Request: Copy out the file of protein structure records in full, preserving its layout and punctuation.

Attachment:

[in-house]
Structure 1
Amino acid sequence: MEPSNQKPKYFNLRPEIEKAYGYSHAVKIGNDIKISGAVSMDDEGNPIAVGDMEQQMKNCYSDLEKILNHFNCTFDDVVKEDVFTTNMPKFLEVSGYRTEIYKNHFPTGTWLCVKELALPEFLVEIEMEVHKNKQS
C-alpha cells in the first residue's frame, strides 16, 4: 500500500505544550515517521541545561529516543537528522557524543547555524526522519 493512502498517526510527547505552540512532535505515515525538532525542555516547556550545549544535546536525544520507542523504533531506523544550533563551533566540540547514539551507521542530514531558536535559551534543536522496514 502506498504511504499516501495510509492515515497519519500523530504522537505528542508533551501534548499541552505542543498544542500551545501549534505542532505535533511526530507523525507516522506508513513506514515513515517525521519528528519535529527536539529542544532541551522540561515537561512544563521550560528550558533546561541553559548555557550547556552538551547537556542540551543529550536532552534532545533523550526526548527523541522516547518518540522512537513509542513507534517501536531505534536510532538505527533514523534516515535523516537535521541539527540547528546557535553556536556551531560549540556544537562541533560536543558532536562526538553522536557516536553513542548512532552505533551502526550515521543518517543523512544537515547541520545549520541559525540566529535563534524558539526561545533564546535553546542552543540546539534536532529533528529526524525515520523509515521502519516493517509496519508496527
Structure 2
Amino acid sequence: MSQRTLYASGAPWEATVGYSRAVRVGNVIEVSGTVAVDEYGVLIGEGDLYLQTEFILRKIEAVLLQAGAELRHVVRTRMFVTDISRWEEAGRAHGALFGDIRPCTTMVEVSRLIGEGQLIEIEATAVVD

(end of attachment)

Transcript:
[in-house]
Structure 1
Amino acid sequence: MEPSNQKPKYFNLRPEIEKAYGYSHAVKIGNDIKISGAVSMDDEGNPIAVGDMEQQMKNCYSDLEKILNHFNCTFDDVVKEDVFTTNMPKFLEVSGYRTEIYKNHFPTGTWLCVKELALPEFLVEIEMEVHKNKQS
C-alpha cells in the first residue's frame, strides 16, 4: 500500500505544550515517521541545561529516543537528522557524543547555524526522519 493512502498517526510527547505552540512532535505515515525538532525542555516547556550545549544535546536525544520507542523504533531506523544550533563551533566540540547514539551507521542530514531558536535559551534543536522496514 502506498504511504499516501495510509492515515497519519500523530504522537505528542508533551501534548499541552505542543498544542500551545501549534505542532505535533511526530507523525507516522506508513513506514515513515517525521519528528519535529527536539529542544532541551522540561515537561512544563521550560528550558533546561541553559548555557550547556552538551547537556542540551543529550536532552534532545533523550526526548527523541522516547518518540522512537513509542513507534517501536531505534536510532538505527533514523534516515535523516537535521541539527540547528546557535553556536556551531560549540556544537562541533560536543558532536562526538553522536557516536553513542548512532552505533551502526550515521543518517543523512544537515547541520545549520541559525540566529535563534524558539526561545533564546535553546542552543540546539534536532529533528529526524525515520523509515521502519516493517509496519508496527
Structure 2
Amino acid sequence: MSQRTLYASGAPWEATVGYSRAVRVGNVIEVSGTVAVDEYGVLIGEGDLYLQTEFILRKIEAVLLQAGAELRHVVRTRMFVTDISRWEEAGRAHGALFGDIRPCTTMVEVSRLIGEGQLIEIEATAVVD